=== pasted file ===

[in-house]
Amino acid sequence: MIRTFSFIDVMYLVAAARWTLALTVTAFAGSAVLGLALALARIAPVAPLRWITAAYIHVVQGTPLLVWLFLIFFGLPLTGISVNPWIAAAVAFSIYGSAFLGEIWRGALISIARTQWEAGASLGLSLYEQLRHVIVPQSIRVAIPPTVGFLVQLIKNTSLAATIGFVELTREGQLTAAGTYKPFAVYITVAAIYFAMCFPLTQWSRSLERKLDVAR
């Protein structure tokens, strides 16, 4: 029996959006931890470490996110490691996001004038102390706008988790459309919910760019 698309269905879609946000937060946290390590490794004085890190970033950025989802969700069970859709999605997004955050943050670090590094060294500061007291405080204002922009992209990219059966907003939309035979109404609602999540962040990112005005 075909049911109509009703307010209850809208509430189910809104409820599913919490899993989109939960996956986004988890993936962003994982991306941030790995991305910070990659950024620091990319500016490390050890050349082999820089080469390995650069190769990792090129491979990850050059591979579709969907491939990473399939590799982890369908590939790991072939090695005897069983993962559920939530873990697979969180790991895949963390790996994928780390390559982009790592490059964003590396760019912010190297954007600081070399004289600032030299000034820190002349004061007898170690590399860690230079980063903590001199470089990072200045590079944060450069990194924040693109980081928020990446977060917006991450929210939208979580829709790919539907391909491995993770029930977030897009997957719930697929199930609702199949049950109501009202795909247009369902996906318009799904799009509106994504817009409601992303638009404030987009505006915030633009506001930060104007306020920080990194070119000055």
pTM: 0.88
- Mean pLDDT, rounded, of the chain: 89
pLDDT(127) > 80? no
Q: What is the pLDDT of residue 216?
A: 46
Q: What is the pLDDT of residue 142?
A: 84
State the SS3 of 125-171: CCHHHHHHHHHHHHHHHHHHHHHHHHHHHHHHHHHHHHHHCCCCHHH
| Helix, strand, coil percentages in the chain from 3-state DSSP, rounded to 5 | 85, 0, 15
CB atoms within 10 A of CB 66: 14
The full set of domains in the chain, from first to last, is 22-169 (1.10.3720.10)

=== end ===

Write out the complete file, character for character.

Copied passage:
[in-house]
Amino acid sequence: MIRTFSFIDVMYLVAAARWTLALTVTAFAGSAVLGLALALARIAPVAPLRWITAAYIHVVQGTPLLVWLFLIFFGLPLTGISVNPWIAAAVAFSIYGSAFLGEIWRGALISIARTQWEAGASLGLSLYEQLRHVIVPQSIRVAIPPTVGFLVQLIKNTSLAATIGFVELTREGQLTAAGTYKPFAVYITVAAIYFAMCFPLTQWSRSLERKLDVAR
């Protein structure tokens, strides 16, 4: 029996959006931890470490996110490691996001004038102390706008988790459309919910760019 698309269905879609946000937060946290390590490794004085890190970033950025989802969700069970859709999605997004955050943050670090590094060294500061007291405080204002922009992209990219059966907003939309035979109404609602999540962040990112005005 075909049911109509009703307010209850809208509430189910809104409820599913919490899993989109939960996956986004988890993936962003994982991306941030790995991305910070990659950024620091990319500016490390050890050349082999820089080469390995650069190769990792090129491979990850050059591979579709969907491939990473399939590799982890369908590939790991072939090695005897069983993962559920939530873990697979969180790991895949963390790996994928780390390559982009790592490059964003590396760019912010190297954007600081070399004289600032030299000034820190002349004061007898170690590399860690230079980063903590001199470089990072200045590079944060450069990194924040693109980081928020990446977060917006991450929210939208979580829709790919539907391909491995993770029930977030897009997957719930697929199930609702199949049950109501009202795909247009369902996906318009799904799009509106994504817009409601992303638009404030987009505006915030633009506001930060104007306020920080990194070119000055």
pTM: 0.88
- Mean pLDDT, rounded, of the chain: 89
pLDDT(127) > 80? no
Q: What is the pLDDT of residue 216?
A: 46
Q: What is the pLDDT of residue 142?
A: 84
State the SS3 of 125-171: CCHHHHHHHHHHHHHHHHHHHHHHHHHHHHHHHHHHHHHHCCCCHHH
| Helix, strand, coil percentages in the chain from 3-state DSSP, rounded to 5 | 85, 0, 15
CB atoms within 10 A of CB 66: 14
The full set of domains in the chain, from first to last, is 22-169 (1.10.3720.10)